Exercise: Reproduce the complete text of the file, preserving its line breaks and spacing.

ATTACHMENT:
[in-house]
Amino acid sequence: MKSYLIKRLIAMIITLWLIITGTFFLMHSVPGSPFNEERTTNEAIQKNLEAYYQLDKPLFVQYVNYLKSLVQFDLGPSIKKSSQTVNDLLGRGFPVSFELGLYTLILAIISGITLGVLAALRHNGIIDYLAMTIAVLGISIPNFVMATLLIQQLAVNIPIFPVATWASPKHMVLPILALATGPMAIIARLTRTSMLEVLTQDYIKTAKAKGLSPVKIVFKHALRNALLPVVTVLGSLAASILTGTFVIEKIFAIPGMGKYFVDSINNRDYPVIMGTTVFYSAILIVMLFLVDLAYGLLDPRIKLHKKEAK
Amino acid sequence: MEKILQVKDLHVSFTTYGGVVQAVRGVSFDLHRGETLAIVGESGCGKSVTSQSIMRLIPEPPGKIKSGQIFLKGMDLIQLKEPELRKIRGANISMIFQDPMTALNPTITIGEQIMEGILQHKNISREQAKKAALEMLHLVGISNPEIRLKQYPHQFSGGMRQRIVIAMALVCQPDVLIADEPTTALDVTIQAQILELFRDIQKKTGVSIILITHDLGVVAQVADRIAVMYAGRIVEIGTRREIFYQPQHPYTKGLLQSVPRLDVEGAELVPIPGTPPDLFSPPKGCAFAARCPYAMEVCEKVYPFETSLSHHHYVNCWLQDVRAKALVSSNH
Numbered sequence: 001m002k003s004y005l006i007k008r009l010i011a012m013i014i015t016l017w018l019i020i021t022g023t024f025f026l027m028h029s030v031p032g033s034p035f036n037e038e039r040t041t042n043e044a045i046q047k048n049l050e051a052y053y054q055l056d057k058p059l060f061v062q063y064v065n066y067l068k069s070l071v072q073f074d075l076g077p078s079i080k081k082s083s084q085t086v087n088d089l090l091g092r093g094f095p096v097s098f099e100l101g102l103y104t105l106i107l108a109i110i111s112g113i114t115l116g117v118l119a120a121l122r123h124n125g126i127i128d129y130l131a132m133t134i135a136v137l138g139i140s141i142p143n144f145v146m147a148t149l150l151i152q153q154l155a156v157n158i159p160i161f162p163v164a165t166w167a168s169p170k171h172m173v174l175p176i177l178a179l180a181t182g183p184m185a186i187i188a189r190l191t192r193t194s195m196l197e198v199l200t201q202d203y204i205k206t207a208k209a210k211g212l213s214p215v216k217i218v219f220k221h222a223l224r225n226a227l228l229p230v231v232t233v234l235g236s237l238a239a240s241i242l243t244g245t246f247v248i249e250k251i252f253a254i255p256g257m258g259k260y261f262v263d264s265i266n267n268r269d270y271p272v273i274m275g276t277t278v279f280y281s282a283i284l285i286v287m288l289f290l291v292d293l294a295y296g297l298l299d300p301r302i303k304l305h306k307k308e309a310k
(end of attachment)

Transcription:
[in-house]
Amino acid sequence: MKSYLIKRLIAMIITLWLIITGTFFLMHSVPGSPFNEERTTNEAIQKNLEAYYQLDKPLFVQYVNYLKSLVQFDLGPSIKKSSQTVNDLLGRGFPVSFELGLYTLILAIISGITLGVLAALRHNGIIDYLAMTIAVLGISIPNFVMATLLIQQLAVNIPIFPVATWASPKHMVLPILALATGPMAIIARLTRTSMLEVLTQDYIKTAKAKGLSPVKIVFKHALRNALLPVVTVLGSLAASILTGTFVIEKIFAIPGMGKYFVDSINNRDYPVIMGTTVFYSAILIVMLFLVDLAYGLLDPRIKLHKKEAK
Amino acid sequence: MEKILQVKDLHVSFTTYGGVVQAVRGVSFDLHRGETLAIVGESGCGKSVTSQSIMRLIPEPPGKIKSGQIFLKGMDLIQLKEPELRKIRGANISMIFQDPMTALNPTITIGEQIMEGILQHKNISREQAKKAALEMLHLVGISNPEIRLKQYPHQFSGGMRQRIVIAMALVCQPDVLIADEPTTALDVTIQAQILELFRDIQKKTGVSIILITHDLGVVAQVADRIAVMYAGRIVEIGTRREIFYQPQHPYTKGLLQSVPRLDVEGAELVPIPGTPPDLFSPPKGCAFAARCPYAMEVCEKVYPFETSLSHHHYVNCWLQDVRAKALVSSNH
Numbered sequence: 001m002k003s004y005l006i007k008r009l010i011a012m013i014i015t016l017w018l019i020i021t022g023t024f025f026l027m028h029s030v031p032g033s034p035f036n037e038e039r040t041t042n043e044a045i046q047k048n049l050e051a052y053y054q055l056d057k058p059l060f061v062q063y064v065n066y067l068k069s070l071v072q073f074d075l076g077p078s079i080k081k082s083s084q085t086v087n088d089l090l091g092r093g094f095p096v097s098f099e100l101g102l103y104t105l106i107l108a109i110i111s112g113i114t115l116g117v118l119a120a121l122r123h124n125g126i127i128d129y130l131a132m133t134i135a136v137l138g139i140s141i142p143n144f145v146m147a148t149l150l151i152q153q154l155a156v157n158i159p160i161f162p163v164a165t166w167a168s169p170k171h172m173v174l175p176i177l178a179l180a181t182g183p184m185a186i187i188a189r190l191t192r193t194s195m196l197e198v199l200t201q202d203y204i205k206t207a208k209a210k211g212l213s214p215v216k217i218v219f220k221h222a223l224r225n226a227l228l229p230v231v232t233v234l235g236s237l238a239a240s241i242l243t244g245t246f247v248i249e250k251i252f253a254i255p256g257m258g259k260y261f262v263d264s265i266n267n268r269d270y271p272v273i274m275g276t277t278v279f280y281s282a283i284l285i286v287m288l289f290l291v292d293l294a295y296g297l298l299d300p301r302i303k304l305h306k307k308e309a310k